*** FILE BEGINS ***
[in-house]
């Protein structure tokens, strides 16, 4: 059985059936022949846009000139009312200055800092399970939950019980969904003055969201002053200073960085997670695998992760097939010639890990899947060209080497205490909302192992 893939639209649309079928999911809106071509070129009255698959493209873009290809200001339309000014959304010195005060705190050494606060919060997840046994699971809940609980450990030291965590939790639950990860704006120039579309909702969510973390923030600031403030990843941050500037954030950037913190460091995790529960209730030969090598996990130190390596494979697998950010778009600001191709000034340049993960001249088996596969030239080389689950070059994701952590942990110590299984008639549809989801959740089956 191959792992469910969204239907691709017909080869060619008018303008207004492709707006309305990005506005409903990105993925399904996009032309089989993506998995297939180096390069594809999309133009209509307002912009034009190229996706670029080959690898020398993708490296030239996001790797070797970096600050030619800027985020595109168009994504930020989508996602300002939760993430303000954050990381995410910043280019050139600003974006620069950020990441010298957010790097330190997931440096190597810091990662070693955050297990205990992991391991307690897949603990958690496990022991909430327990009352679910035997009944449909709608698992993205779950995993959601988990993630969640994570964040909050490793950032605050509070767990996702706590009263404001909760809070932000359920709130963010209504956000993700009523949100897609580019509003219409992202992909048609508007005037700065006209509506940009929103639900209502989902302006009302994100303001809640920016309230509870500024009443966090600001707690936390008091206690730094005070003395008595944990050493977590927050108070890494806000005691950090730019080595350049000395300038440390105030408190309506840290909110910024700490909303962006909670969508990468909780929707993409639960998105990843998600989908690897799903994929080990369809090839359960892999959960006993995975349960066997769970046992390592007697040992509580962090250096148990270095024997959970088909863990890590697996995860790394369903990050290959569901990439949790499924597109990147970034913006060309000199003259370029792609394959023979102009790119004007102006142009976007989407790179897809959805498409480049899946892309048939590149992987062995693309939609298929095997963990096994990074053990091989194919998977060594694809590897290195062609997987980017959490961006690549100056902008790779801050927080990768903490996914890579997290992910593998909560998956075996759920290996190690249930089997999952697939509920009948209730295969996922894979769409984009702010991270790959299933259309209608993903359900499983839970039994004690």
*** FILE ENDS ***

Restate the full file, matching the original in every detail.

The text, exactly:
[in-house]
């Protein structure tokens, strides 16, 4: 059985059936022949846009000139009312200055800092399970939950019980969904003055969201002053200073960085997670695998992760097939010639890990899947060209080497205490909302192992 893939639209649309079928999911809106071509070129009255698959493209873009290809200001339309000014959304010195005060705190050494606060919060997840046994699971809940609980450990030291965590939790639950990860704006120039579309909702969510973390923030600031403030990843941050500037954030950037913190460091995790529960209730030969090598996990130190390596494979697998950010778009600001191709000034340049993960001249088996596969030239080389689950070059994701952590942990110590299984008639549809989801959740089956 191959792992469910969204239907691709017909080869060619008018303008207004492709707006309305990005506005409903990105993925399904996009032309089989993506998995297939180096390069594809999309133009209509307002912009034009190229996706670029080959690898020398993708490296030239996001790797070797970096600050030619800027985020595109168009994504930020989508996602300002939760993430303000954050990381995410910043280019050139600003974006620069950020990441010298957010790097330190997931440096190597810091990662070693955050297990205990992991391991307690897949603990958690496990022991909430327990009352679910035997009944449909709608698992993205779950995993959601988990993630969640994570964040909050490793950032605050509070767990996702706590009263404001909760809070932000359920709130963010209504956000993700009523949100897609580019509003219409992202992909048609508007005037700065006209509506940009929103639900209502989902302006009302994100303001809640920016309230509870500024009443966090600001707690936390008091206690730094005070003395008595944990050493977590927050108070890494806000005691950090730019080595350049000395300038440390105030408190309506840290909110910024700490909303962006909670969508990468909780929707993409639960998105990843998600989908690897799903994929080990369809090839359960892999959960006993995975349960066997769970046992390592007697040992509580962090250096148990270095024997959970088909863990890590697996995860790394369903990050290959569901990439949790499924597109990147970034913006060309000199003259370029792609394959023979102009790119004007102006142009976007989407790179897809959805498409480049899946892309048939590149992987062995693309939609298929095997963990096994990074053990091989194919998977060594694809590897290195062609997987980017959490961006690549100056902008790779801050927080990768903490996914890579997290992910593998909560998956075996759920290996190690249930089997999952697939509920009948209730295969996922894979769409984009702010991270790959299933259309209608993903359900499983839970039994004690």